Institutional Affiliation: Washington University of St. Louis
|The Economics of Has-Beens|
with : w8464
Evolution of technology causes human capital to become obsolete. We study this phenomenon in an overlapping generations setting, assuming it is hard to predict how technology will evolve, and that older workers find updating uneconomic. Among our results is the proposition that (under certain conditions) a more rapid pace of technological advance is especially unfavorable to the old in the sense that the implied within-industry division of output or income between young and old becomes much more skewed, i.e., a smaller number of young earn comparatively more. We apply our results to architecture, an occupation in which the has-beens phenomenon has had a particularly acute impact.
Published: MacDonald, Glenn and Michael S. Weisbach. "The Economics Of Has-Beens," Journal of Political Economy, 2004, v112(2,Part2), S289-S310. citation courtesy of
with : w4463
The usual explanation for why the producers of a given product use different technologies involves "vintage-capital": A firm understands the frontier technology, but can still prefer an older, less efficient technology in which it has made specific physical and human capital investments. This paper develops an alternative. "information-barrier" hypothesis: Firms differ in the technologies they use because it is costly for them to overcome the informational barriers that separate them. The paper endogenizes both innovative and imitative effort. The industry life-cycle implications -- declining price and increasing output -- broadly agree with the Gort-Klepper data. Empirically, the paper focuses on the slow spread of Diesel locomotives, which can not be explained by the vintage-capital hypo...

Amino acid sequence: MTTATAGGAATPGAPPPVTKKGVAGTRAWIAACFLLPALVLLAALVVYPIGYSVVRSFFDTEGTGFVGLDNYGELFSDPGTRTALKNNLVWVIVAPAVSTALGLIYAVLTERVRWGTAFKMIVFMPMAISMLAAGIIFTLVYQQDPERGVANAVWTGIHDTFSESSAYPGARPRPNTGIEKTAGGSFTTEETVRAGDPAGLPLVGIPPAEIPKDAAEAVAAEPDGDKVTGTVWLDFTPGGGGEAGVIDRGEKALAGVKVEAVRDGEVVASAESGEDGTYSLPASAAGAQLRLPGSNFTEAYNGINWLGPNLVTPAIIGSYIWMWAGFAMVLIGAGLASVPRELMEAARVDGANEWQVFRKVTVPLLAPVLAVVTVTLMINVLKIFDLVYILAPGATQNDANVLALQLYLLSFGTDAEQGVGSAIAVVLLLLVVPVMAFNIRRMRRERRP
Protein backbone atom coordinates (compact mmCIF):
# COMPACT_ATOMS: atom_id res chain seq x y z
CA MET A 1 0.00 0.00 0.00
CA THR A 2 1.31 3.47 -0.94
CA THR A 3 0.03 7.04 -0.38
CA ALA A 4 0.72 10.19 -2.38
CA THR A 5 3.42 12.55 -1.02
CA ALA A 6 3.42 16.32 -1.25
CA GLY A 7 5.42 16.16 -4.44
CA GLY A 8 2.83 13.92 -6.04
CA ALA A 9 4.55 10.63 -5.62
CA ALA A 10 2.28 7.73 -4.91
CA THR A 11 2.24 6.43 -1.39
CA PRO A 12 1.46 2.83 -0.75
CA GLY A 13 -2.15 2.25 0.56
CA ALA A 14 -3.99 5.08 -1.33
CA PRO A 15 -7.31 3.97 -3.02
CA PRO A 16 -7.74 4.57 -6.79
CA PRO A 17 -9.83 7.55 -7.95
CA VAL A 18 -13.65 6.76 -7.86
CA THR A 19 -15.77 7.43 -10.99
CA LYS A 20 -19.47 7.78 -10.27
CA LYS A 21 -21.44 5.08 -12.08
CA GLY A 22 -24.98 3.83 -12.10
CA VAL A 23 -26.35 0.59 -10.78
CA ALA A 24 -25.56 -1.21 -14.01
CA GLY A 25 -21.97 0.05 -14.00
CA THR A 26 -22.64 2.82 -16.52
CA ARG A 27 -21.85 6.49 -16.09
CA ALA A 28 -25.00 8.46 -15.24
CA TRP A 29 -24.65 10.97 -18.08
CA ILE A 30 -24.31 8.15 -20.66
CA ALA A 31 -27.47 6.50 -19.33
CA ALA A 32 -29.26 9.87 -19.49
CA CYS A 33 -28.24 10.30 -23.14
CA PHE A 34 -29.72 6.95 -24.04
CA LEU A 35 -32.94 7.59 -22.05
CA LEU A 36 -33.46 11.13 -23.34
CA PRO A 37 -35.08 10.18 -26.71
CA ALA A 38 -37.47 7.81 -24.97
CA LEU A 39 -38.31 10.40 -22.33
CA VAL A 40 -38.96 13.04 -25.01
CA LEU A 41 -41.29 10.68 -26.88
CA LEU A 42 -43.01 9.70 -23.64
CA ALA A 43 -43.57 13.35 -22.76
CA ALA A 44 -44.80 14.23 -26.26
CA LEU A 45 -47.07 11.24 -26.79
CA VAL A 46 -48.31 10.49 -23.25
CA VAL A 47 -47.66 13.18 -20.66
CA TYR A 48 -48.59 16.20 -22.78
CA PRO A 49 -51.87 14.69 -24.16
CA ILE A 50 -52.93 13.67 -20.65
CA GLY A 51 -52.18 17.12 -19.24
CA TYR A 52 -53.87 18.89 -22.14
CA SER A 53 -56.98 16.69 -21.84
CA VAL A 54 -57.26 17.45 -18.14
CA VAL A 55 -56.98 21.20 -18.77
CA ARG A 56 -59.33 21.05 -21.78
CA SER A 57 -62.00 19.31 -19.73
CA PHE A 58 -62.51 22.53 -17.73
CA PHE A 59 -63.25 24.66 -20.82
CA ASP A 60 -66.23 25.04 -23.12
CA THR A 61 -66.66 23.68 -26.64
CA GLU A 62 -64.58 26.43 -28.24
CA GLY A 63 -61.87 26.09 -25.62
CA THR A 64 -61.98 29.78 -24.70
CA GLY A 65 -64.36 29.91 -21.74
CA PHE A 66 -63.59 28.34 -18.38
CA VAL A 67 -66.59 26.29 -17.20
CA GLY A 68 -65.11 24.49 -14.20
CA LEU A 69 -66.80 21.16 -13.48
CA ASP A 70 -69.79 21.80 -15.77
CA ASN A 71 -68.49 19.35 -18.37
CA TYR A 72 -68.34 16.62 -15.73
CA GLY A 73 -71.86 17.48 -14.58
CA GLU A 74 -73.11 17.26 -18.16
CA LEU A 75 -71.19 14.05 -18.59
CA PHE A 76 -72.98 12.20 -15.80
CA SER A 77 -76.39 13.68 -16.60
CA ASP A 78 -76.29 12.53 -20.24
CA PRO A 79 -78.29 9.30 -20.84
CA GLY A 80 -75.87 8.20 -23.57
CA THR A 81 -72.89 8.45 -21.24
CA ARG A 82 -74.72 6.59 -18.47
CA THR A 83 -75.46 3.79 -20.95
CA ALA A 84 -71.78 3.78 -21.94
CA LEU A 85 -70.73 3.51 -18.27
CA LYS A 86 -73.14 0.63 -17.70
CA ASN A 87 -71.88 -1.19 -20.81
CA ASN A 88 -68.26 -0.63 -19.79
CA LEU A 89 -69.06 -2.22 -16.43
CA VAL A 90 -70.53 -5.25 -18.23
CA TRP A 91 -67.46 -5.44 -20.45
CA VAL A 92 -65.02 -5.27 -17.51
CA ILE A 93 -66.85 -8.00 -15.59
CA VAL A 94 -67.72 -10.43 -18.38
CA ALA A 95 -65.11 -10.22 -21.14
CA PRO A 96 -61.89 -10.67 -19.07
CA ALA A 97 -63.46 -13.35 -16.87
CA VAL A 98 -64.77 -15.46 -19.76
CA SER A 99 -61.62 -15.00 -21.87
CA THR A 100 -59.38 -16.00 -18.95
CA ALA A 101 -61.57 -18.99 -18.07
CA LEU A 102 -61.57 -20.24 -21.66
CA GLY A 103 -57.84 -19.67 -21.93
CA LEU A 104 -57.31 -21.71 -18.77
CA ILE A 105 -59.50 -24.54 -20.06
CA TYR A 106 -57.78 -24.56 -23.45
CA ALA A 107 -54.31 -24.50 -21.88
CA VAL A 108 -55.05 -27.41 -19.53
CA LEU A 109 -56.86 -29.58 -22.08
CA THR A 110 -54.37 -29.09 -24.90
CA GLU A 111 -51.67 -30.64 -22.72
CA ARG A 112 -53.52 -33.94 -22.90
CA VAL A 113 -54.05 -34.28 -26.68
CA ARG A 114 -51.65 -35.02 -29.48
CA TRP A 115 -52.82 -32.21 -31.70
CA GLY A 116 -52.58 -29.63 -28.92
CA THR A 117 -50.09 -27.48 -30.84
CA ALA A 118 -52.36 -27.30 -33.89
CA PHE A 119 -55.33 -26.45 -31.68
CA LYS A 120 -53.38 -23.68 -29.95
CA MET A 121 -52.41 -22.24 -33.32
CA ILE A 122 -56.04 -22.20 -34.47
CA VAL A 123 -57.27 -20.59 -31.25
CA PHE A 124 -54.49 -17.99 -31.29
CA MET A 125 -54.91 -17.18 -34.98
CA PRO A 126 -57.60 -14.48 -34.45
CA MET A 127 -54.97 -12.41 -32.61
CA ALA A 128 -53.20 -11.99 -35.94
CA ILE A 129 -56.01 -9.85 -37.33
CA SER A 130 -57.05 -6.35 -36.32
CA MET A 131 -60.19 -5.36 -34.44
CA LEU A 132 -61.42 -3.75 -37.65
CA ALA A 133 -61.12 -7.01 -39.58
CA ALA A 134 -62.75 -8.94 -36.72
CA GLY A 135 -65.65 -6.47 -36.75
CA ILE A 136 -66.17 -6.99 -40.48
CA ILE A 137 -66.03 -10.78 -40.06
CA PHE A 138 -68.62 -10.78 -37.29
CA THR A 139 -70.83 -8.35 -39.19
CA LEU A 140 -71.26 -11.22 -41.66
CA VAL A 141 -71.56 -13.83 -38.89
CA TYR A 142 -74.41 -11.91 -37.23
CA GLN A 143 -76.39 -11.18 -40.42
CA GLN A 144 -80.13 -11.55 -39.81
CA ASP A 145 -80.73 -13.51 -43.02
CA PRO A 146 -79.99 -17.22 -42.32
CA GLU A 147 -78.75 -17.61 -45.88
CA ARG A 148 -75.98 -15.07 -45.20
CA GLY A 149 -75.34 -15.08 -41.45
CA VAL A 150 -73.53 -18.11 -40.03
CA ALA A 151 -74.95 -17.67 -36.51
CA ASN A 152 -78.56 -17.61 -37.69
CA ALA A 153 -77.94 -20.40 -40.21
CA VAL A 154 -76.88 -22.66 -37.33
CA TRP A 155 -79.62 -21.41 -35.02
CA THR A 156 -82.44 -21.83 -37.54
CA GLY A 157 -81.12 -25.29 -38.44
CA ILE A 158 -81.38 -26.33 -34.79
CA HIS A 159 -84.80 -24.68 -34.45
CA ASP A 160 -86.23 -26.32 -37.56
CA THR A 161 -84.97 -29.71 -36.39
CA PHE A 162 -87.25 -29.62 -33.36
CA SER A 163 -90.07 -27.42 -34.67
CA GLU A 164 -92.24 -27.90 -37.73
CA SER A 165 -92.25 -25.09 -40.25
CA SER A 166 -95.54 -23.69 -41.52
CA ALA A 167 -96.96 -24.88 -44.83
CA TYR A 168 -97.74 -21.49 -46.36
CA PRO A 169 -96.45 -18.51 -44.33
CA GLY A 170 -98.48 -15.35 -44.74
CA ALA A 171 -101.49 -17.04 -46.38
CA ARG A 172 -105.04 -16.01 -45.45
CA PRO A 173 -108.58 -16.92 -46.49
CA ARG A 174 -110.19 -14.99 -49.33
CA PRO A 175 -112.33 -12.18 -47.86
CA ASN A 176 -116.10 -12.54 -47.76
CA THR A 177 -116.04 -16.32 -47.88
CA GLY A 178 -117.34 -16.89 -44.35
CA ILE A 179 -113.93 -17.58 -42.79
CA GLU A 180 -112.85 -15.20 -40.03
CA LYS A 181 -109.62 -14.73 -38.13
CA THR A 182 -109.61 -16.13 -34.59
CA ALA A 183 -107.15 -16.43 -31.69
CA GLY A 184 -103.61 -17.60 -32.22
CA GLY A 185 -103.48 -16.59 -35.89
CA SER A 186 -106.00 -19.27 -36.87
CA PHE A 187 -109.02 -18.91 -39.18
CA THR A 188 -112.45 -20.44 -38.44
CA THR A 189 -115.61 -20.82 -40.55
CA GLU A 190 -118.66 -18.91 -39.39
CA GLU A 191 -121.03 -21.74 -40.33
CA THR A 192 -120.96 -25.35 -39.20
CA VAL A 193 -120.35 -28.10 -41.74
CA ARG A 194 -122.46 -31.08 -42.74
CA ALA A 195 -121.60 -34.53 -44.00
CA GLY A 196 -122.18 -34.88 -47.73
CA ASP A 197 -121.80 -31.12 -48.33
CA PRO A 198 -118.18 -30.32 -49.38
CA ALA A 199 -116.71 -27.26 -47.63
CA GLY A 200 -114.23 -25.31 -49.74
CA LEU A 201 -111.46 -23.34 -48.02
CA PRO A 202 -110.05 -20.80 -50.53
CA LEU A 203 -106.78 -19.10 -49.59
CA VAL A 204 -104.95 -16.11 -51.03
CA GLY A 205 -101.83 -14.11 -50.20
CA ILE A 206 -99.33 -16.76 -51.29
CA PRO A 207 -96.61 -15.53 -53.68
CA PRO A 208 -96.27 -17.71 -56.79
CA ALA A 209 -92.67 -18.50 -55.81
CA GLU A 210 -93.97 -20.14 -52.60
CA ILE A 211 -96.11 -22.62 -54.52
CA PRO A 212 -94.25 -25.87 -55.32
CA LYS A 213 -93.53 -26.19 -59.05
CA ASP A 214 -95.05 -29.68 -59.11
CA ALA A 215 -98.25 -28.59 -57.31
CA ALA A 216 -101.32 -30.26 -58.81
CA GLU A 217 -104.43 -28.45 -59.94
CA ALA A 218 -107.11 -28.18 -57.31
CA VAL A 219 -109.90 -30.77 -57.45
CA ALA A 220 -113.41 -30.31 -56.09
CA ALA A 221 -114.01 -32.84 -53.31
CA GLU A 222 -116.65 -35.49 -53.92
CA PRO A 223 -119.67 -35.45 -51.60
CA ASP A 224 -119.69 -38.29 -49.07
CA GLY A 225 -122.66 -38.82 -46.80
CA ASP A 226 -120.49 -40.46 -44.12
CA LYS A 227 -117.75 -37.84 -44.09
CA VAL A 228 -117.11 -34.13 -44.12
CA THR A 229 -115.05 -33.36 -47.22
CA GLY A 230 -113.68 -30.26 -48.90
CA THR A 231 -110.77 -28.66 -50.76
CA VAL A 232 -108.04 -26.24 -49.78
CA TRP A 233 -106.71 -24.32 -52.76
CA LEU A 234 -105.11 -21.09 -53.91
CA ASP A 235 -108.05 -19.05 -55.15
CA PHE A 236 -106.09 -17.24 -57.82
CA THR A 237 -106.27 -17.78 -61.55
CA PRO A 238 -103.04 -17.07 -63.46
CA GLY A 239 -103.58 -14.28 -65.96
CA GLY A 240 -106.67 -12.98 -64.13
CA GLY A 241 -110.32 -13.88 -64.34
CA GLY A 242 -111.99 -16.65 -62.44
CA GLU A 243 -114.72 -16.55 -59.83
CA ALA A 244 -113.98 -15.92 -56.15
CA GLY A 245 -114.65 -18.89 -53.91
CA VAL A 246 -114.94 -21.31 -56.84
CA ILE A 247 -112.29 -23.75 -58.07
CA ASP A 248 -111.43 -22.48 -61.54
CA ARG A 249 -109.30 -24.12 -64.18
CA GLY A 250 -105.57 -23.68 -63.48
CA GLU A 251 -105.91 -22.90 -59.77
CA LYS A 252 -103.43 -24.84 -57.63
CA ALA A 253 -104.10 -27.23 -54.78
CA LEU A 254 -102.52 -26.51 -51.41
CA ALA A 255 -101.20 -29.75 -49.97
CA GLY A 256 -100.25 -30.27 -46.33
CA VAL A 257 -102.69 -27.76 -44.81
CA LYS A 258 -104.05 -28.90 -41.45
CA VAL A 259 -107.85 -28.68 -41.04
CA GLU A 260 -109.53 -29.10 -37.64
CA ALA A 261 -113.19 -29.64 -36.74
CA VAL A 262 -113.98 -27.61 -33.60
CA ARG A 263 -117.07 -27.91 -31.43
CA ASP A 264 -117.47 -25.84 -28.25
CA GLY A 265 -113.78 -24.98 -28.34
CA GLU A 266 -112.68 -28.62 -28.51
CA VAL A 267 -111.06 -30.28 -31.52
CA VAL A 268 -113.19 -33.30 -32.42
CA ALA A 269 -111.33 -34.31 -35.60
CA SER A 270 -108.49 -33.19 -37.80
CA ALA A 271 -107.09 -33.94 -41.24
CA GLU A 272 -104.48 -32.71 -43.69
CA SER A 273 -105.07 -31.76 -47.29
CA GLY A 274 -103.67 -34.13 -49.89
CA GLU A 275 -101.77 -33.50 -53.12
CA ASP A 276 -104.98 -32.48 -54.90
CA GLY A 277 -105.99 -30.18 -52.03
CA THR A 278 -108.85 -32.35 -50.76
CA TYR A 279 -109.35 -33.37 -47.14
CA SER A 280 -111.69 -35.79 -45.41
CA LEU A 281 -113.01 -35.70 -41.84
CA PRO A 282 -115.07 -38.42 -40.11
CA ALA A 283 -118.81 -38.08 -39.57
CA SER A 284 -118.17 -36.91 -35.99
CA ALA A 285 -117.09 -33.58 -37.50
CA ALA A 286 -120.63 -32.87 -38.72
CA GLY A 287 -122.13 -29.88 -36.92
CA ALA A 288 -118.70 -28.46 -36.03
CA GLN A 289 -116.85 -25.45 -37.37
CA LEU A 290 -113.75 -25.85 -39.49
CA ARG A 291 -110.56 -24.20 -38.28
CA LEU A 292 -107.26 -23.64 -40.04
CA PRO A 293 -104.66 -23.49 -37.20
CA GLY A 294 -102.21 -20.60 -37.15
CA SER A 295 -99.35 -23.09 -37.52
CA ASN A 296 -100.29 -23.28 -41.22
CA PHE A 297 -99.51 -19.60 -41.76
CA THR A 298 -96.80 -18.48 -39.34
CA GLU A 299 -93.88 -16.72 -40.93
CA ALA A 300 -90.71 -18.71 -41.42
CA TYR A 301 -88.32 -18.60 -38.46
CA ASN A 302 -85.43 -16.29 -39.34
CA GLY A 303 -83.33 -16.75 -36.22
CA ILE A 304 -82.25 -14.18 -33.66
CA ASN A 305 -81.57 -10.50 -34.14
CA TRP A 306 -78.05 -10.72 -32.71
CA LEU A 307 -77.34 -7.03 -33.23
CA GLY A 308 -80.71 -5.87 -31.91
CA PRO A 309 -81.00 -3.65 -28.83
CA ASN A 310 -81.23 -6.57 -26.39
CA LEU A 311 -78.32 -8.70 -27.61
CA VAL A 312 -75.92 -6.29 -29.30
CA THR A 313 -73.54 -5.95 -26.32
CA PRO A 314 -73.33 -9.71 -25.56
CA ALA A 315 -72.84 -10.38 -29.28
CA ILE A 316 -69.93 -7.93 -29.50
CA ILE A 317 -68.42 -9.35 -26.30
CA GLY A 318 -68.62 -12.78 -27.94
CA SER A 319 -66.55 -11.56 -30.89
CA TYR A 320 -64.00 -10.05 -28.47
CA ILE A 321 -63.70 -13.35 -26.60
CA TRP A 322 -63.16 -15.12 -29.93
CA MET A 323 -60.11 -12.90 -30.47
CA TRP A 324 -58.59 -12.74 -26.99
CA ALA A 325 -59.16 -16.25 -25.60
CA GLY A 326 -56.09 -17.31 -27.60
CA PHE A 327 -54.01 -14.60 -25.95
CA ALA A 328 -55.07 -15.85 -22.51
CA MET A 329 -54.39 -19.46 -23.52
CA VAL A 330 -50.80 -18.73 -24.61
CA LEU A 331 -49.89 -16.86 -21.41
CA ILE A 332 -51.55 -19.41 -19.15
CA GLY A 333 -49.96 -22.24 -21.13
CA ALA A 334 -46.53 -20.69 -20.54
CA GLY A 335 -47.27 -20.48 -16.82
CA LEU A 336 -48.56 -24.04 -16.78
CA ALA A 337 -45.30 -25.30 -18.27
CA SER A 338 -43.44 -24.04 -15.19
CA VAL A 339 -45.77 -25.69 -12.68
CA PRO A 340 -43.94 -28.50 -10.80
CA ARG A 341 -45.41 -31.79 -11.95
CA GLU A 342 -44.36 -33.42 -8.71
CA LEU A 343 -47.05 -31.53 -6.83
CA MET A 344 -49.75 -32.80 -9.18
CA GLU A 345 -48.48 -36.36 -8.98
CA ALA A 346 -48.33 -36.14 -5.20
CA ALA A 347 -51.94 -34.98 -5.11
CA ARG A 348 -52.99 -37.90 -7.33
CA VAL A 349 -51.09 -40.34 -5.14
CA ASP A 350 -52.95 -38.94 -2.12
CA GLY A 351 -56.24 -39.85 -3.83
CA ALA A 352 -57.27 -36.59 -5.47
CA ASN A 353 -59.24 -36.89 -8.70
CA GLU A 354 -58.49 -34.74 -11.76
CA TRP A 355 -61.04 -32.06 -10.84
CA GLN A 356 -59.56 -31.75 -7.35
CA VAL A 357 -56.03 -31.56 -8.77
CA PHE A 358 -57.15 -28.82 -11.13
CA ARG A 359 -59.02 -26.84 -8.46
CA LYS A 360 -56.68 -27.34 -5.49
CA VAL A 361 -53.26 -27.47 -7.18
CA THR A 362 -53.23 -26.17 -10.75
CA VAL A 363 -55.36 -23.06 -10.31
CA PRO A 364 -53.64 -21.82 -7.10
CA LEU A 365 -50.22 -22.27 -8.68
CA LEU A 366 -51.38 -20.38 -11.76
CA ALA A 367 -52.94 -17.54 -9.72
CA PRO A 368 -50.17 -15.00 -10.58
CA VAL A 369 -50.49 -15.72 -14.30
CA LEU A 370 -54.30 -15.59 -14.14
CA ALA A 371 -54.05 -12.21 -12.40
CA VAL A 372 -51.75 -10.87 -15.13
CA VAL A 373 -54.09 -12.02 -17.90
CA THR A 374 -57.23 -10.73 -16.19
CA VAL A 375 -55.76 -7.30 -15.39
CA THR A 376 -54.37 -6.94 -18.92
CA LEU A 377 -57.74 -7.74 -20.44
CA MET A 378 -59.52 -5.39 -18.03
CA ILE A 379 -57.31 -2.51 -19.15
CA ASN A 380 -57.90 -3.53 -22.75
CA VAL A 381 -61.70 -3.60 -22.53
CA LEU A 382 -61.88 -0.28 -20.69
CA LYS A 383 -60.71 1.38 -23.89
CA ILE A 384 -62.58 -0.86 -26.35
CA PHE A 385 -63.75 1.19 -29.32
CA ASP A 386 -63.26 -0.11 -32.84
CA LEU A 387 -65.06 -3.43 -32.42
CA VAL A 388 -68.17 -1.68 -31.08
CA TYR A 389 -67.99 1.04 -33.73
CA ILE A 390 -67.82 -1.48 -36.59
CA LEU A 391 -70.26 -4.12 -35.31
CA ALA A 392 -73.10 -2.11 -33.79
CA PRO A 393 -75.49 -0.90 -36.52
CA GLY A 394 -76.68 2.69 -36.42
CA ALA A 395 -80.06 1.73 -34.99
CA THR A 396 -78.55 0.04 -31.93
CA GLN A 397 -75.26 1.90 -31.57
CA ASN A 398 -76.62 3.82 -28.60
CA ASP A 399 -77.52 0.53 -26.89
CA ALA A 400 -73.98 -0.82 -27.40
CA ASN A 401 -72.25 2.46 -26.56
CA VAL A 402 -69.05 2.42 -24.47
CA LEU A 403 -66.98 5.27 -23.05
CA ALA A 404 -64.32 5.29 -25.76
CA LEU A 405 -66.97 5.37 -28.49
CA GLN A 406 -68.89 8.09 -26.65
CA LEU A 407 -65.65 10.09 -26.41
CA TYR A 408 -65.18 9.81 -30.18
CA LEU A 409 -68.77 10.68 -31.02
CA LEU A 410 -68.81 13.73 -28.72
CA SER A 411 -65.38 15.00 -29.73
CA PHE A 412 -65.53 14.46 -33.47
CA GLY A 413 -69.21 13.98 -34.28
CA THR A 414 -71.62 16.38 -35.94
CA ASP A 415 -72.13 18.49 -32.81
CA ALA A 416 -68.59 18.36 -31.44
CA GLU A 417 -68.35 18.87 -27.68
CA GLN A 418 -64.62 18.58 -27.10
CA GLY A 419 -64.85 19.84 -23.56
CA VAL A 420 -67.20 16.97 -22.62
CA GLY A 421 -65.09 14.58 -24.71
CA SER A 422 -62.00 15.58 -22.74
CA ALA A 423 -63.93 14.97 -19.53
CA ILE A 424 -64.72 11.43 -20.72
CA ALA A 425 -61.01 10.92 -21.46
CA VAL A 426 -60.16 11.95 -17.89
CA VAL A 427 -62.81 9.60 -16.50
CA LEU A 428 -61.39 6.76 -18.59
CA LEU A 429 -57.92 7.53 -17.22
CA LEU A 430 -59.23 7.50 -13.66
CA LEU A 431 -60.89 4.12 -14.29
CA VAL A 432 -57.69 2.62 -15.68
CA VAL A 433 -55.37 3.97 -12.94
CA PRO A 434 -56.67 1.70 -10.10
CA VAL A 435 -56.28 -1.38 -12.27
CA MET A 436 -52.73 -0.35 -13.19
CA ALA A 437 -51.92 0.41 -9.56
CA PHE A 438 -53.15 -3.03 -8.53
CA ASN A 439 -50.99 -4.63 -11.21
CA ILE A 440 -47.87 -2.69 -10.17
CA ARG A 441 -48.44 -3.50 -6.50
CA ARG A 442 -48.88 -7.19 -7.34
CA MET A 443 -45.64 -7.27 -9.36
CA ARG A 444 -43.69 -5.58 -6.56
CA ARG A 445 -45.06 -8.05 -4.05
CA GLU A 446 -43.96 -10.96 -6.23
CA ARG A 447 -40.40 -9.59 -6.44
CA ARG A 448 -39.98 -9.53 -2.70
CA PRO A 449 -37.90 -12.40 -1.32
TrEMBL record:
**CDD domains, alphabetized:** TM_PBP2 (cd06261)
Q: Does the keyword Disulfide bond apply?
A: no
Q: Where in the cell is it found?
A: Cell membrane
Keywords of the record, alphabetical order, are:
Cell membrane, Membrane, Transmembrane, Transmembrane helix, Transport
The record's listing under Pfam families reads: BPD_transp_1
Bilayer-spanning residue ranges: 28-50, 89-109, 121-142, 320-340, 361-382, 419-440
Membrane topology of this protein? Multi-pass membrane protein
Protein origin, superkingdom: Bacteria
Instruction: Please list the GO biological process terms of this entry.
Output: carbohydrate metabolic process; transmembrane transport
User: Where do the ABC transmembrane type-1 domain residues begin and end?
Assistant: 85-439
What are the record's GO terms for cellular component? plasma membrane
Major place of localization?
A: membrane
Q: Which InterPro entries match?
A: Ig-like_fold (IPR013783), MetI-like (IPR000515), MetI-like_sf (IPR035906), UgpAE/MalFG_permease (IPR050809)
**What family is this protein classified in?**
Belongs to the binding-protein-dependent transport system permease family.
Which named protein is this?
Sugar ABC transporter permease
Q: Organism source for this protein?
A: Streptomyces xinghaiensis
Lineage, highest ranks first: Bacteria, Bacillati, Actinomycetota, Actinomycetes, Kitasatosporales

Published: Journal of Political Economy, 102, no. 1, (February 1994), p. 24-52 citation courtesy of
|The Life-Cycle of a Competitive Industry|
with : w4441
Firm numbers first rise, and then fall as the typical industry evolves. This nonmonotonicity in the number of producers is explained in this paper using a competitive model in which innovation opportunities induce firms to enter, but in which a firm's failure to implement new technology causes it to exit. The model is estimated with data from the U.S. Automobile Tire Industry, a particularly dramatic example of the nonmonotonicity in firm numbers: A big shakeout took place during the 1920s. The number of automobiles sold in the U.S. does not appear to explain this shakeout. Instead, the data point to the invention of the Banbury mixer in 1916 as the event that caused the big exit wave. There were, of course, other major inventions in the tire industry, but none seems to have raised the opt...
Published: Journal of Political Economy, 102, no. 2, (April 1994) citation courtesy of
|Social Security and Consumer Spending in an International Cross Section|
with : r0025
Published: Barro, Robert J. and MacDonald, Glenn M. "Social Security and Consumer Spending in an International Cross Section." Journal of Public Economics, Vol. II, (1979).